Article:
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Sunday, May 21, 2017

The "assumption" hypocrisy argument....

One of my favorite arguments is the old "if things were reversed" argument. It's such an irrelevant argument because the "hypothetical" reaction will no doubt be nothing more than a channeling of the accuser's "own" feelings on the subject. It never "really" tells us how the other person "might" feel (that's pure speculation). But if certainly cements what we know about how the accuser thinks.

So with that in mind, I have one of those great "assumption" hypocrisy arguments that I will toss out there as a question, allowing people to prove me wrong. Admitting full well that my own feelings on some of this will be brought to light.

At Issue: The subject of Obstruction

  • So what would happen if the Trump Department of Justice made the decision to provide many of the very Trump aids the left believe are targets in this probe "criminal immunity" to testify. What if, in exchange for the testimony that on top of the "criminal immunity" provided them, that any tangible evidence they turn over to the authorities will actually be destroyed. 
  • What if things start to look like the main culprit in all of this becomes "Player A". What if the Trump Department of Justice cuts a deal with Player A that the FBI will be given a limited amount of time to question them (one time - a matter of a few hours) and that any interview would not be given under oath. 
  • What if the person calling the shots (say Rod Rosenstein) was caught having a secret meeting with influential people very close to Player A? 

At what point, would those of you on the left decide that the DOJ was stepping over the line and actually working to hinder, interfere with, or even "obstruct" a criminal investigation by the FBI. Then ask yourself, at what point in time did you believe that the Obama/Lynch DOJ was stepping over that same line?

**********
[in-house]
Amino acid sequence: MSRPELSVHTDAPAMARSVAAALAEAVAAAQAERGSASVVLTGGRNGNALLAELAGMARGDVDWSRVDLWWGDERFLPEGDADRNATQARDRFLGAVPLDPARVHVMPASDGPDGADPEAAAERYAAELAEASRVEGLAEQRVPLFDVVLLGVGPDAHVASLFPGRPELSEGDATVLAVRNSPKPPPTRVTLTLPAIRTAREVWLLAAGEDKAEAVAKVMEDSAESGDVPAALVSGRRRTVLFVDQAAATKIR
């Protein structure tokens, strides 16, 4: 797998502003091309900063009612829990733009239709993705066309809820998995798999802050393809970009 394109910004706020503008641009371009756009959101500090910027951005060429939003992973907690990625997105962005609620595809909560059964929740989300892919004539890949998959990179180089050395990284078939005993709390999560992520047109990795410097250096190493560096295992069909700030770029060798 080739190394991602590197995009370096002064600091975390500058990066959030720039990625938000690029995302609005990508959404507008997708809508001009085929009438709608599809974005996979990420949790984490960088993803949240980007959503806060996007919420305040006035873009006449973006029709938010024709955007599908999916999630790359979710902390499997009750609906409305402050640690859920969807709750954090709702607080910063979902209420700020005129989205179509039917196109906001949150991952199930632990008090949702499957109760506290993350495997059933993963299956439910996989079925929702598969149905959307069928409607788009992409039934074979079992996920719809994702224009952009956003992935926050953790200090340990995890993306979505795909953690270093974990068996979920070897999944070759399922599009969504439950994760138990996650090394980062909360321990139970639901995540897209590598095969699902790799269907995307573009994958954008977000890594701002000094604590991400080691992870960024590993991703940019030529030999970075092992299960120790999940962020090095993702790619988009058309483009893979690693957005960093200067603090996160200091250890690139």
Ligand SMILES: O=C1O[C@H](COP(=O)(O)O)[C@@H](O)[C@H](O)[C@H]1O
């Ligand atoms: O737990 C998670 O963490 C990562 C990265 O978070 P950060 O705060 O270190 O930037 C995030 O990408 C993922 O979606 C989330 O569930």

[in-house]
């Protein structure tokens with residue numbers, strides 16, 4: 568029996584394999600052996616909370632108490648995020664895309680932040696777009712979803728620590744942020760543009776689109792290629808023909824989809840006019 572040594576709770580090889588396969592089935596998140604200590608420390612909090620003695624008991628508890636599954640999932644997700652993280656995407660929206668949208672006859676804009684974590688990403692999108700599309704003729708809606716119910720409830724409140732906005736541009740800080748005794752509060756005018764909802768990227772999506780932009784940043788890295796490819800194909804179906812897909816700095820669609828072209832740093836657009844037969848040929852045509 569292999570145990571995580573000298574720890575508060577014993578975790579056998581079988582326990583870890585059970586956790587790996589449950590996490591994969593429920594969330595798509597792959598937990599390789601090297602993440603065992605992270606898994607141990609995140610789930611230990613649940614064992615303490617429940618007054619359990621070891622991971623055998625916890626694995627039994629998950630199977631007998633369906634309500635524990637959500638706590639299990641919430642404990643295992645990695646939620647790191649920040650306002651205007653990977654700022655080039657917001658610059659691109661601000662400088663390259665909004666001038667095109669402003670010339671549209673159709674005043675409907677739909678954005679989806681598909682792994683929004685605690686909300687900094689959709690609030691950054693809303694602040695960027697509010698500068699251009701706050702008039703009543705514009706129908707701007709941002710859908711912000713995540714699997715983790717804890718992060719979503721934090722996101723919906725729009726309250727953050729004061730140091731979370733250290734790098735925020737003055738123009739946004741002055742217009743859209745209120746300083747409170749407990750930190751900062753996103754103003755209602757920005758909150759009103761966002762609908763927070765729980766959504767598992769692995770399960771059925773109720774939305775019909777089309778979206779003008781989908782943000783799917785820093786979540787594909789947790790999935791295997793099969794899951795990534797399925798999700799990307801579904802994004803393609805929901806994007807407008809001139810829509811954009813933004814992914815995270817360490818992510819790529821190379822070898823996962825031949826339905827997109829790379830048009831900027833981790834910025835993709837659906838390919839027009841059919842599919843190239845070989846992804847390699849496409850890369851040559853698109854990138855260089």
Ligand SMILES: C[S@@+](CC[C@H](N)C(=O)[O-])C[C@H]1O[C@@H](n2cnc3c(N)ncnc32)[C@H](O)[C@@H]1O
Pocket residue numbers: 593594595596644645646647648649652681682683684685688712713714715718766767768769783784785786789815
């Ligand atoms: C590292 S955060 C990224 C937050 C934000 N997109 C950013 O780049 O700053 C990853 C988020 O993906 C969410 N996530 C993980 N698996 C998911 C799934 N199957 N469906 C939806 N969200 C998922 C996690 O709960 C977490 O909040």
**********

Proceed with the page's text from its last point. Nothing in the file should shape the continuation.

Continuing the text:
• How would you feel at that point if in spite of what most people believe was valid evidence of a crime, that no grand jury was formed, and no neutral court was provided with any of the evidence... that the powers to be in the case decided to simply end things with the statement that "no reasonable prosecutor would bring charges" (even though many reasonable prosecutors argue that the would have brought it to a Grand Jury). That was it. Nothing more to be done. All of Trump's aides are free to go. Move on. Nothing to see here.

Then ask yourself if this would constitute any sort of obstruction or interference if it was done by the Trump DOJ?

Lastly, ask yourself why you viewed the actions of the Obama DOJ entirely differently than you would judge the same actions if it was the Trump DOJ... How log before you realize that the only obvious reason is partisanship and hypocrisy?

7 comments:

wphamilton said...

The day that Obama declared publicly that Clinton hadn't done anything illegal, during an ongoing investigation, I felt that he was crossing the line to interfere. To me, that was giving a green light to subordinates in the Justice Department, starting with Lynch, to actively obstruct the investigation.

One of my hopes with a Trump presidency was that he'd put a stop to that kind of practice in the Justice Department and the top political levels of the FBI. Unfortunately it seems to have intensified in some ways under Trump. I see no inconsistency in my viewpoints of the two administrations in this respect.

C.H. Truth said...

Where I would disagree with you WP is whether or not President Obama's statements all by themselves constituted any sort of legal obstruction. I believe that he had a legal right to say what he said, although I believe it was probably improper and probably unethical.